There’s good news for those with overactive lachrymal glands. A Japanese academic claims that the act of crying is more effective than laughing or sleeping to reduce stress. He describes himself as a “tears teacher, holds workshops and delivers lectures across Japan to educate people on the benefits of crying.
Other studies conducted in various parts of the world claim that crying releases endorphins, thereby promoting feelings of happiness and well-being.
In my humble opinion, there are two kinds of people. Those that can produce tears at the drop of a hat and, at the other end of the spectrum, some who are the epitome of stoicism. The latter variety cannot be moved to tears however sad their experience.
By and large the first category outnumbers the second. Women are not afraid to show their emotions and the tears can flow if they are moved, hurt or angry.
Of course most men see this as a weapon to make them capitulate to what they deem unreasonable demands. But what they do not realise is that the act of crying releases pent-up feelings and, in the words of the author Paul Coelho, “tears are words waiting to be written”. Men have been conditioned to hold back their tears with phrases such as “big boys don’t cry” or “don’t be such a sissy”.
So, manliness is associated with holding back on expressing emotions. Perhaps that is why they are so often baffled by the tears of a woman who seem to be able to turn it off or on at will.
Sometimes when you lose a loved one, you feel frozen and seem incapable of tears. It is important to grieve, as tears can act as a cleanser. I remember a beloved sister unable to take in the fact that her husband had died prematurely and her talking about it as if it had happened to someone else.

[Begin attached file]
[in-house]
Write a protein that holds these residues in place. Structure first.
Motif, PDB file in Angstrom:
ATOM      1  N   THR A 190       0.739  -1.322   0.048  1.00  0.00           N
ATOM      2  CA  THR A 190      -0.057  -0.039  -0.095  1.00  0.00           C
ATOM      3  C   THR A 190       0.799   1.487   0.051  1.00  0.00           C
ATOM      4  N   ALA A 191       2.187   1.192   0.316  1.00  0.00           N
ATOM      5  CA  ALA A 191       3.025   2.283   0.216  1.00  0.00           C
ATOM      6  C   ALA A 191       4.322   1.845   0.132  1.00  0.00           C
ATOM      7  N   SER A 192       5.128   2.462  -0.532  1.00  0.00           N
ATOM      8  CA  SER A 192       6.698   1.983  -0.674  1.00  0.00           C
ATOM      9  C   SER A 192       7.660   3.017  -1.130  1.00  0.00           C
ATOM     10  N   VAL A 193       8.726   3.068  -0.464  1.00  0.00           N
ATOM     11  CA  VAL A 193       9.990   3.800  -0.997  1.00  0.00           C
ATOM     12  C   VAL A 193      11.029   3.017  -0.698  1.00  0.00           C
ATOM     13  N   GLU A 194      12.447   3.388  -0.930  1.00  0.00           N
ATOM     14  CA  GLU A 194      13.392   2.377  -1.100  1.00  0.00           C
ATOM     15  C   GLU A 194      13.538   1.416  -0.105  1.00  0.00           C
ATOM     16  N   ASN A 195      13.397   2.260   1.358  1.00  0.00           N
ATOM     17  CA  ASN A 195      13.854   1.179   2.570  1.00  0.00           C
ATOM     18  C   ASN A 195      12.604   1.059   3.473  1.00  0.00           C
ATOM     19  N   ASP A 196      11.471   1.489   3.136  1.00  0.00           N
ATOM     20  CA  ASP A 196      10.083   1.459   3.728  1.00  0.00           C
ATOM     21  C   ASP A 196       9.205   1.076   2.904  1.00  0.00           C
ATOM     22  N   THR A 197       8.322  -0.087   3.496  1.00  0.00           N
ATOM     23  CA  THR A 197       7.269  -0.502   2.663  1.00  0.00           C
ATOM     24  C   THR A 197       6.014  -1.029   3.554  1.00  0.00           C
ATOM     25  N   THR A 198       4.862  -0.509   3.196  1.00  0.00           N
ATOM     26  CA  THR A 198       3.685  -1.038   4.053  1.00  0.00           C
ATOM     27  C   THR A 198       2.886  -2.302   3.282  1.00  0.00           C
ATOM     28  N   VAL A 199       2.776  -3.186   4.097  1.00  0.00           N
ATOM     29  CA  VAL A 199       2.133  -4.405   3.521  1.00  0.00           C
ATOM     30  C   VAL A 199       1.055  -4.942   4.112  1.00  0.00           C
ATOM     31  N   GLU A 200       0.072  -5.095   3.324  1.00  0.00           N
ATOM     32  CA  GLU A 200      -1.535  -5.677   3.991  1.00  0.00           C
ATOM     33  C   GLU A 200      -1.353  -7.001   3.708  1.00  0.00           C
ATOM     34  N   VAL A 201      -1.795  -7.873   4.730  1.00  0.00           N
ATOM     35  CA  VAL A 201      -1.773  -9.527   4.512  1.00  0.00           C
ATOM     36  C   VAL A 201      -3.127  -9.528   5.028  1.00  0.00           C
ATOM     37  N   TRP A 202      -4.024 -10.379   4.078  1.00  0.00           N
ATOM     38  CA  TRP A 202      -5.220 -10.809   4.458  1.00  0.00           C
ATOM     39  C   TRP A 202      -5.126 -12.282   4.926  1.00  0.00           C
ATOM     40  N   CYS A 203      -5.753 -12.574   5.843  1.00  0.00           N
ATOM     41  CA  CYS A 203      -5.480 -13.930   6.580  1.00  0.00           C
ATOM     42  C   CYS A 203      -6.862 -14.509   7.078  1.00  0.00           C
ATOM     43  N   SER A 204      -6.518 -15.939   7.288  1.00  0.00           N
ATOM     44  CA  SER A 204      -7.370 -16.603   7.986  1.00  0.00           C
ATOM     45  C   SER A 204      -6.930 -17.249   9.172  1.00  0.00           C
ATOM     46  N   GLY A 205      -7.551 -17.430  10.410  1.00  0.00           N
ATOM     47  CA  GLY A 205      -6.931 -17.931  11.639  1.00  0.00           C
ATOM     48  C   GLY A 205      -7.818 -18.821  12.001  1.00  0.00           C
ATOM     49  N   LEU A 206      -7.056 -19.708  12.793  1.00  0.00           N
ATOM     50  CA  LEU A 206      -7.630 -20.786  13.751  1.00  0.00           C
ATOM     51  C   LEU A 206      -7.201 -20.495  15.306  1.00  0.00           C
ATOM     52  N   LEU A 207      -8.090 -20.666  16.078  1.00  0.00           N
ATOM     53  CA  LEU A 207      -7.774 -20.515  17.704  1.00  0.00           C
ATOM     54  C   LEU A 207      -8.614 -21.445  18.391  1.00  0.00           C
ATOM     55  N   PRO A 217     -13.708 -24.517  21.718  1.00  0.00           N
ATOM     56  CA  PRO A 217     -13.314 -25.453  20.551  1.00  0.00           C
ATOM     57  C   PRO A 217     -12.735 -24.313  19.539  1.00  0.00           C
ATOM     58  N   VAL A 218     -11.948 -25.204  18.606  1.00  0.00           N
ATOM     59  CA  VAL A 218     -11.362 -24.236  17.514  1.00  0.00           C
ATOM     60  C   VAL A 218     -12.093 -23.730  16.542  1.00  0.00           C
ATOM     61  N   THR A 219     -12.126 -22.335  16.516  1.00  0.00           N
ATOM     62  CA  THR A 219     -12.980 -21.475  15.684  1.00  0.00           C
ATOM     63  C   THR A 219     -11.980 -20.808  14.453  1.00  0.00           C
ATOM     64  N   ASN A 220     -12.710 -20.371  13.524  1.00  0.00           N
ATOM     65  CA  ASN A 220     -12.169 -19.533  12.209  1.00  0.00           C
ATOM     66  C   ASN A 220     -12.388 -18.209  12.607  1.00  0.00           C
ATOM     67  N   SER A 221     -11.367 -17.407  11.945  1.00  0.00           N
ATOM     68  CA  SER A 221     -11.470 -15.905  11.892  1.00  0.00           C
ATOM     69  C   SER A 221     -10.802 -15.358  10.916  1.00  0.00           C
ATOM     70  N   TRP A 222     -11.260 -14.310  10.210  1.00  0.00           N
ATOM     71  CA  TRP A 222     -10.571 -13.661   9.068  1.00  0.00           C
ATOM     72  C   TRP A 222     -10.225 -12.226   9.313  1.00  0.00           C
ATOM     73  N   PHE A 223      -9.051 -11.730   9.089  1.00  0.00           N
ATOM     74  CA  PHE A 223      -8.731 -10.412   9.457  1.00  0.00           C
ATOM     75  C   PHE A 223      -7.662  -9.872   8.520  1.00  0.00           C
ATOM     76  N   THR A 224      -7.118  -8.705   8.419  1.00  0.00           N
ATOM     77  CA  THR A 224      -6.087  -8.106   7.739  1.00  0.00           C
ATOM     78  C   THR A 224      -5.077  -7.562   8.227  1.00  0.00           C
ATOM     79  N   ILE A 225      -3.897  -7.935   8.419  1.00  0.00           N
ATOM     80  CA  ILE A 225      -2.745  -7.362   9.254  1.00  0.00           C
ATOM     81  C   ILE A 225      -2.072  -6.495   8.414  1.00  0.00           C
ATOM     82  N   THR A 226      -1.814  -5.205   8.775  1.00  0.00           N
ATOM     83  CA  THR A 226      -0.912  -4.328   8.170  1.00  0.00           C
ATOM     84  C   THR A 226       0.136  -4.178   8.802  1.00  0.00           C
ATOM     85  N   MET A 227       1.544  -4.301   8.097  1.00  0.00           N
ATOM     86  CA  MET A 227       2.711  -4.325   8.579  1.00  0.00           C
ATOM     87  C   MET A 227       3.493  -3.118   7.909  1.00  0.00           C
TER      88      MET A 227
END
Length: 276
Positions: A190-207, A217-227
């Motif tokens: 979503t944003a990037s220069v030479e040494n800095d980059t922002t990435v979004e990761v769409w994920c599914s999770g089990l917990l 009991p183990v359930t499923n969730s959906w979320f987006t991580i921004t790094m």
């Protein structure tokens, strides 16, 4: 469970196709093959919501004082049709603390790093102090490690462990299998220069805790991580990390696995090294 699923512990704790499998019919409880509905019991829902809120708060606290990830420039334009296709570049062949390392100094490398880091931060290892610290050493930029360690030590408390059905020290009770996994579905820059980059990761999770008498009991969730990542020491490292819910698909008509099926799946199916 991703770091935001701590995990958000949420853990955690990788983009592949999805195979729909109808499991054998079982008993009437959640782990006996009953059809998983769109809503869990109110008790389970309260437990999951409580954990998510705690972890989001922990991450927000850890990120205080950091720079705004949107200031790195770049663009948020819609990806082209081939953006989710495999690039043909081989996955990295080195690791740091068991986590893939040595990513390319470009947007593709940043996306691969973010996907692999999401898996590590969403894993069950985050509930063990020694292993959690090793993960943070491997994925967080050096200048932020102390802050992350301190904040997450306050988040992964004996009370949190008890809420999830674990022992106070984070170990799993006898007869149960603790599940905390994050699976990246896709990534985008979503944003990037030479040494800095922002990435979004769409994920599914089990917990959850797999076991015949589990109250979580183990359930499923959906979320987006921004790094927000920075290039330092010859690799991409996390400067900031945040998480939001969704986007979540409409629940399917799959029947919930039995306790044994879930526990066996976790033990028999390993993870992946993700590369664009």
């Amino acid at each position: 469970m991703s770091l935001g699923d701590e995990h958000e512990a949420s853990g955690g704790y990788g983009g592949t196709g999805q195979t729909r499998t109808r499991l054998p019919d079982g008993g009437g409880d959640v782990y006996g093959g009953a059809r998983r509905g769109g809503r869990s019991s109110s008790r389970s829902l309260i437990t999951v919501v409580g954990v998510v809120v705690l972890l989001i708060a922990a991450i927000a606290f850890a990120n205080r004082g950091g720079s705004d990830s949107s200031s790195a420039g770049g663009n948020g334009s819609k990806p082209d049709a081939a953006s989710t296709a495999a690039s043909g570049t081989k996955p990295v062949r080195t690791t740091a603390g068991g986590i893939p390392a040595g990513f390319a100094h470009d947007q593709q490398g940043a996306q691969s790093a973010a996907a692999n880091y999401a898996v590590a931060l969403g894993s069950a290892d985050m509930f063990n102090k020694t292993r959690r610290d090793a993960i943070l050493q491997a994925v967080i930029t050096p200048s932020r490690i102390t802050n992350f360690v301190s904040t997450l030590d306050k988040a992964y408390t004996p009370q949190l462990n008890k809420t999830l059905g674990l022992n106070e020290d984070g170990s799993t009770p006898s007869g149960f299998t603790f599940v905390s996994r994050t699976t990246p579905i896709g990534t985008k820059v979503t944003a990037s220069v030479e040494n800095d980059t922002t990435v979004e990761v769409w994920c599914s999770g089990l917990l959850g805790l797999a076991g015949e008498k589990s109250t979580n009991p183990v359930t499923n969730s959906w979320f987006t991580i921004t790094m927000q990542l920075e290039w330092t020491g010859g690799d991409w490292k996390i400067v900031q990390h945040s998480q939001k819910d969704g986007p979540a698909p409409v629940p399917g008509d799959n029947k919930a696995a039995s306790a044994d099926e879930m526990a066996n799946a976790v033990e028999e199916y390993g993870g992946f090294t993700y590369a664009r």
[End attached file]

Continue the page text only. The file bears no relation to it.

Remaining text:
When the tears did come, months later, they were cathartic. The loss was still devastating but she had begun to accept and acknowledge it.
A lot of research has been done on tears and studies indicate that they help relieve stress by ridding the body of potentially harmful stress-induced chemicals. One interesting find is that emotionally induced tears have a higher protein content than those produced in response to eye irritation. One new report suggests that people with stress-induced illnesses cry less than their healthy counterparts and they were more likely to regard crying as a sign of weakness or loss of control.
Speaking for myself, when I see someone I care about crying, it upsets me and I try and do what I can to console the person — even if I don’t think the situation warrants such an extreme reaction.
In my family, it was my father who cried easily. Watching sad films made the tears flow freely and he never tried to hide his emotions. Maybe that’s why he was very calm and relaxed by nature. However, his grandchildren found his reaction to sad scenes in TV serials or films hugely entertaining and, as soon as the dam burst, they would gather around him and ask why he was crying. Their attention was gratifying and he would start narrating the story to them, missing the rest of the show in the process. They listened to the heart-rending tale with rapt attention simply because he was a very good storyteller. They had grown up hearing stories from the great Indian epics, held spellbound by his emotional rendition.
So, the secret to a stress-free life is not to hold back on those tears. They are like balm to the soul.
— Vanaja Rao is a freelance writer based in Hyderabad, India.